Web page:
The C-word

A healthy birth is the priority

I was 39 weeks pregnant with my first child when my obstetrician dropped a bombshell; I would need a caesarean.

The baby’s head was too big, my pelvis apparently inadequate and the risk to my unborn child’s life – and possibly my own – too great to foolishly risk a vaginal birth.

I didn’t consider questioning the doctor; as soon as the words “risk your baby’s life” entered the discussion the issue was signed, sealed…. and well, almost delivered.

Today four caesareans and a lot of research later, I would definitely challenge, and probably defy, that first doctor’s decision.

Who knows what might have happened in labour; how my ligaments may have stretched to accommodate a neonate skull, how labour hormones may have kicked in to give me a hand?

Maybe the doctor made the right decision; I’ll never know for sure. But I’d have liked to have had the choice – and the information to best make my own decision.

It took me a week to get over the brutality of that first surgery. I was in shock, pain and felt an enormous sense of failure. I had no idea how caesarean surgery would feel; that laying on an operating table while someone rummaged in my abdomen would be like living a scene from a horror flick. I didn’t know that they would take my precious baby from me within minutes of his birth and keep us apart for the first hours of his life – just because that was the ‘routine.’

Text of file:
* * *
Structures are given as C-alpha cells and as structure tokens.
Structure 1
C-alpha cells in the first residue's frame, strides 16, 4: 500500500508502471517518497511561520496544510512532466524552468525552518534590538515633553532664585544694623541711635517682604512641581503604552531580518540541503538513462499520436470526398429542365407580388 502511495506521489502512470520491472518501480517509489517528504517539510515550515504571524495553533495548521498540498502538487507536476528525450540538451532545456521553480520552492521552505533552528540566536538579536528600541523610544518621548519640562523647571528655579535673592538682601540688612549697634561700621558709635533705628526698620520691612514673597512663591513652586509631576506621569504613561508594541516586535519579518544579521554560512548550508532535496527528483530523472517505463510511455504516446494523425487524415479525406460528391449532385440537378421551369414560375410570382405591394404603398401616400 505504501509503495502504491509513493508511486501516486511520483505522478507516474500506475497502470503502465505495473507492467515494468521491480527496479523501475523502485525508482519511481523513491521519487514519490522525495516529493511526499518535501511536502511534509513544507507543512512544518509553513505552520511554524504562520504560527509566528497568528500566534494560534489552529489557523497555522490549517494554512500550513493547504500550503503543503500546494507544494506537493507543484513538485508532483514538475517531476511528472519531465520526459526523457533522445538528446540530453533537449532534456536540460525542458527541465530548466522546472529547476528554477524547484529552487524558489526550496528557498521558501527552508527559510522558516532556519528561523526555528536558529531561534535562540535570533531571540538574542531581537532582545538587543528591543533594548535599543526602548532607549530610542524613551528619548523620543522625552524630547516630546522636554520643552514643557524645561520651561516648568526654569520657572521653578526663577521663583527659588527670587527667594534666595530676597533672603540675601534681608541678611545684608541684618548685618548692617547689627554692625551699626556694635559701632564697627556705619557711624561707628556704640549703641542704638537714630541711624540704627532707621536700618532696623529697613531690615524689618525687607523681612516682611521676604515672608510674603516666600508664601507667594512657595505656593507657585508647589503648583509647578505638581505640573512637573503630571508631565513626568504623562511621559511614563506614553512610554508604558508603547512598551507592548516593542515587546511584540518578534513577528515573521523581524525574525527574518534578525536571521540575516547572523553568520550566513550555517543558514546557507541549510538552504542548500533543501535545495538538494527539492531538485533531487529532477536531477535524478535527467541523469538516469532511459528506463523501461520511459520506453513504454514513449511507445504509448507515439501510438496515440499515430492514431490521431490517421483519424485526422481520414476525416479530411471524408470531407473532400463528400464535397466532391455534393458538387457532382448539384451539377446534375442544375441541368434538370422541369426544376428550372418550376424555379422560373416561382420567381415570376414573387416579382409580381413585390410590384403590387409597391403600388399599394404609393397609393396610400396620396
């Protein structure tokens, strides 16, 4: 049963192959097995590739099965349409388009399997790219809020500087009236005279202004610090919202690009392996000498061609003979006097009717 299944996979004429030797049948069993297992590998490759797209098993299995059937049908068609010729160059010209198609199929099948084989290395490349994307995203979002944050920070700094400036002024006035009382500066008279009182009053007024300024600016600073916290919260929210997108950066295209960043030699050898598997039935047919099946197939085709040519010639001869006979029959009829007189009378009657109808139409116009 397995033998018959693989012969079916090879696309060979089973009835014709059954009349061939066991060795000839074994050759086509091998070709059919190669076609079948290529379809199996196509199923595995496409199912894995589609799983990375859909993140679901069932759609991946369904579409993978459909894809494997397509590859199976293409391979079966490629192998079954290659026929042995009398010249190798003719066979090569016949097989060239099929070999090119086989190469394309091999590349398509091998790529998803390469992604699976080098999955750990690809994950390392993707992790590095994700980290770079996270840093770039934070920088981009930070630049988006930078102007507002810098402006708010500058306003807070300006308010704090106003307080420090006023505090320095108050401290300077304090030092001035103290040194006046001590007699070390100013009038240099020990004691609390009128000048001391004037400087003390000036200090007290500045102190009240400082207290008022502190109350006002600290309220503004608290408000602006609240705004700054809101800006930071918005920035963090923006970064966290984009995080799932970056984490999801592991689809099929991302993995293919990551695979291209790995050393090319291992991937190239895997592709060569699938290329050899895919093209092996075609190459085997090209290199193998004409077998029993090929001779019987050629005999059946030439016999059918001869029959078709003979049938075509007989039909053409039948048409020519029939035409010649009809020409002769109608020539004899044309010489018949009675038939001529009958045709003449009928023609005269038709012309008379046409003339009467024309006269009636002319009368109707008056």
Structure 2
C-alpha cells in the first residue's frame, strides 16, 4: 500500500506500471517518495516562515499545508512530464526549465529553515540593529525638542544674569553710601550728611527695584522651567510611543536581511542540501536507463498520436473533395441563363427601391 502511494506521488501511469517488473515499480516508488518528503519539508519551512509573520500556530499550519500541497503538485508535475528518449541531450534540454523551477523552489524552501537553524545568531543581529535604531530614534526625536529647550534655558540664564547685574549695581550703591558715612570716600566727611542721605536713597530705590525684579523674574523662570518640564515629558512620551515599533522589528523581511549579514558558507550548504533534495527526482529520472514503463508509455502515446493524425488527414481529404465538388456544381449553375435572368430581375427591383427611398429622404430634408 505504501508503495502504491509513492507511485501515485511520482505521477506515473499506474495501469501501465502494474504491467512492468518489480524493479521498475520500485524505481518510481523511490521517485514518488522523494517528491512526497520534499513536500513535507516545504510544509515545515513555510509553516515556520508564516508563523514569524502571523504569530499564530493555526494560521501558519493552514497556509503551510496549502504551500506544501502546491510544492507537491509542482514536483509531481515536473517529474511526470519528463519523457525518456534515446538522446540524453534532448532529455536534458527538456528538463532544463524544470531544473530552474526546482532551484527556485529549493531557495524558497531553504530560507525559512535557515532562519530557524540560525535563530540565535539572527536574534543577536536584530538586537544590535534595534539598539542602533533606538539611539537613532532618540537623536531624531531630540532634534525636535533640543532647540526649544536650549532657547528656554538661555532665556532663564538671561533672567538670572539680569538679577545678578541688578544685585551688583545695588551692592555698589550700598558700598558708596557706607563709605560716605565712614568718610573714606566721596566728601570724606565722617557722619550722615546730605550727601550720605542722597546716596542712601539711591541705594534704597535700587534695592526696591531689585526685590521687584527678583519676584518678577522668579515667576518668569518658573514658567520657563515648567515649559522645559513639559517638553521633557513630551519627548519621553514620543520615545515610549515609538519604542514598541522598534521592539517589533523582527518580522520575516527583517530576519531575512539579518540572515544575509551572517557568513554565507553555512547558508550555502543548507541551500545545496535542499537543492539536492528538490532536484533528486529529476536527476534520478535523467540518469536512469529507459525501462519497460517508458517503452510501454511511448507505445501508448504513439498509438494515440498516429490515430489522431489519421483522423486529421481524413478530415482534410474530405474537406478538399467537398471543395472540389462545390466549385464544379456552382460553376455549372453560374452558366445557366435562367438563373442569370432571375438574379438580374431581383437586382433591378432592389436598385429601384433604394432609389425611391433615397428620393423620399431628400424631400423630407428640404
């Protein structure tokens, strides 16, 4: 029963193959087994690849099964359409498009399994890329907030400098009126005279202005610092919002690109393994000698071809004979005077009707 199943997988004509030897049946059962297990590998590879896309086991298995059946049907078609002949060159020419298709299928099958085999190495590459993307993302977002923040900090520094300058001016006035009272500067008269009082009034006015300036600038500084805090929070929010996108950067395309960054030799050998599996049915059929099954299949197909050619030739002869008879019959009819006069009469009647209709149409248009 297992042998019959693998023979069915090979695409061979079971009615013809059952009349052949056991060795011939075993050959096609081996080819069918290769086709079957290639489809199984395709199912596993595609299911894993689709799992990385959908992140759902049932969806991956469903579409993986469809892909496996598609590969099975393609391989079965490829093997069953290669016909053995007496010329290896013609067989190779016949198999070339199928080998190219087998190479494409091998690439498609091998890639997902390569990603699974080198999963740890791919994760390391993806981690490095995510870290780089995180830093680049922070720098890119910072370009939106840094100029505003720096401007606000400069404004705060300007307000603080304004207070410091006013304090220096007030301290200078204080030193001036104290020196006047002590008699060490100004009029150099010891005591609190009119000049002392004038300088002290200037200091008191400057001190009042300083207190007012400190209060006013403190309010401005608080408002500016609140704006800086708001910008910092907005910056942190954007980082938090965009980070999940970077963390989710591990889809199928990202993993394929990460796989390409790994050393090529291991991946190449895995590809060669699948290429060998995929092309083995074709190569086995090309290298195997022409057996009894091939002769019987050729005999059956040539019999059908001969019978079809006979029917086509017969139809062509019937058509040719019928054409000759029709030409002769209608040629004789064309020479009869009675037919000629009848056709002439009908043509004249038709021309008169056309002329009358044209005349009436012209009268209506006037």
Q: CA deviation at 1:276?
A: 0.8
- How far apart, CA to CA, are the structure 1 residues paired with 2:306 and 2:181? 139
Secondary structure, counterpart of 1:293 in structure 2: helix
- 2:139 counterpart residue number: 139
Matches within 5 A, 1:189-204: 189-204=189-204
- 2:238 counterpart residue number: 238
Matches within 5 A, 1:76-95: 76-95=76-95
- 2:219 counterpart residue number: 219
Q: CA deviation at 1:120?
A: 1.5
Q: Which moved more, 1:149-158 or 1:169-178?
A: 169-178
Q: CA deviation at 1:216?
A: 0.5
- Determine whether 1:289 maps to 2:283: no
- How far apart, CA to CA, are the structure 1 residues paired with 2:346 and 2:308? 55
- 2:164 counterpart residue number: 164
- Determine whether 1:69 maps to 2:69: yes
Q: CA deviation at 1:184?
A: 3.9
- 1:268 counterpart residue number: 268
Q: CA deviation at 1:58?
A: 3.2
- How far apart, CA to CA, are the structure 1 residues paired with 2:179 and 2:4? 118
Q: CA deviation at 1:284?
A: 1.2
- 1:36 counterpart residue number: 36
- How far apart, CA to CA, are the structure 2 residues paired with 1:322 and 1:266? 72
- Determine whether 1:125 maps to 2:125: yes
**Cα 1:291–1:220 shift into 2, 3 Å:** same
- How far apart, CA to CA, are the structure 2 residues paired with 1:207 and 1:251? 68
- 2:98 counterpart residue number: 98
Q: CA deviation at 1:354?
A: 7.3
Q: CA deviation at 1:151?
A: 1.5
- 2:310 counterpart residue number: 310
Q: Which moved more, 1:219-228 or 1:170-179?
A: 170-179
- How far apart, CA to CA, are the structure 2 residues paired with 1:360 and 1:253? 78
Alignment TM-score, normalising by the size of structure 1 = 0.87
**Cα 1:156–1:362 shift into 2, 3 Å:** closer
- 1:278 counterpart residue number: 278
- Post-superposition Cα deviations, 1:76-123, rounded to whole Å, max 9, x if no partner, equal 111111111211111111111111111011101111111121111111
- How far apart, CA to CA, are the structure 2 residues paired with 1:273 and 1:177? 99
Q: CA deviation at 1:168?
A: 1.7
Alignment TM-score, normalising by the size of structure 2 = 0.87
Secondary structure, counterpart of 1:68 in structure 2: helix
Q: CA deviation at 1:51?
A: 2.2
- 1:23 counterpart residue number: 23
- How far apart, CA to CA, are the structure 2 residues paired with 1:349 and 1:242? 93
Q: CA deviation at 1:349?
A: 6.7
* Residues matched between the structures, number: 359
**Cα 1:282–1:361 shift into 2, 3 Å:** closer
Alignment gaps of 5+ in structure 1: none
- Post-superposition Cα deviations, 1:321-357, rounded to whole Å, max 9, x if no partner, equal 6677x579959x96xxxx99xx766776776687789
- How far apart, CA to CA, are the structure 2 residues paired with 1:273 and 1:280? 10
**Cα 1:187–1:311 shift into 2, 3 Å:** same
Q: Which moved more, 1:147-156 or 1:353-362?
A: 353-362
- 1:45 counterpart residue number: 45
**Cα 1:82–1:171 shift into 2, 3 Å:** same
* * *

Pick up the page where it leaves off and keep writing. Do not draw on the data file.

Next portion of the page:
I didn’t know that back on the ward I wouldn’t be able to pick up my baby; to give him his first bath or breastfeed comfortably (or as comfortably as is possible in that first week).

When I fell pregnant with my second child I was terrified of another surgery, but never considered that I would have any other option. It wasn’t until I went to book into hospital that the midwife there told me about vaginal birth after caesarean (VBAC).

My obstetrician was unenthusiastic about the option. We “would see” he told me and like a good girl I acquiesced to his greater wisdom and the few times I nagged about it he muttered about small pelvises and big heads until I gave up and resigned myself to my surgical fate.

After that second caesarean doctors only smiled benignly when I mentioned the possibility of VBAC. I felt like a tree-hugging hippy suggesting cooking up a placental pizza in the delivery room. I still didn’t know enough, wasn’t assertive enough and really was quite scared of my scar splitting open and spilling bits of belly and baby mid-labour.

My birthing fate was sealed with that first caesarean.

Women should clearly be able to make their own birthing decisions, but it is imperative that those decisions are supported by clear information and education. Anything less cheats women and their babies.

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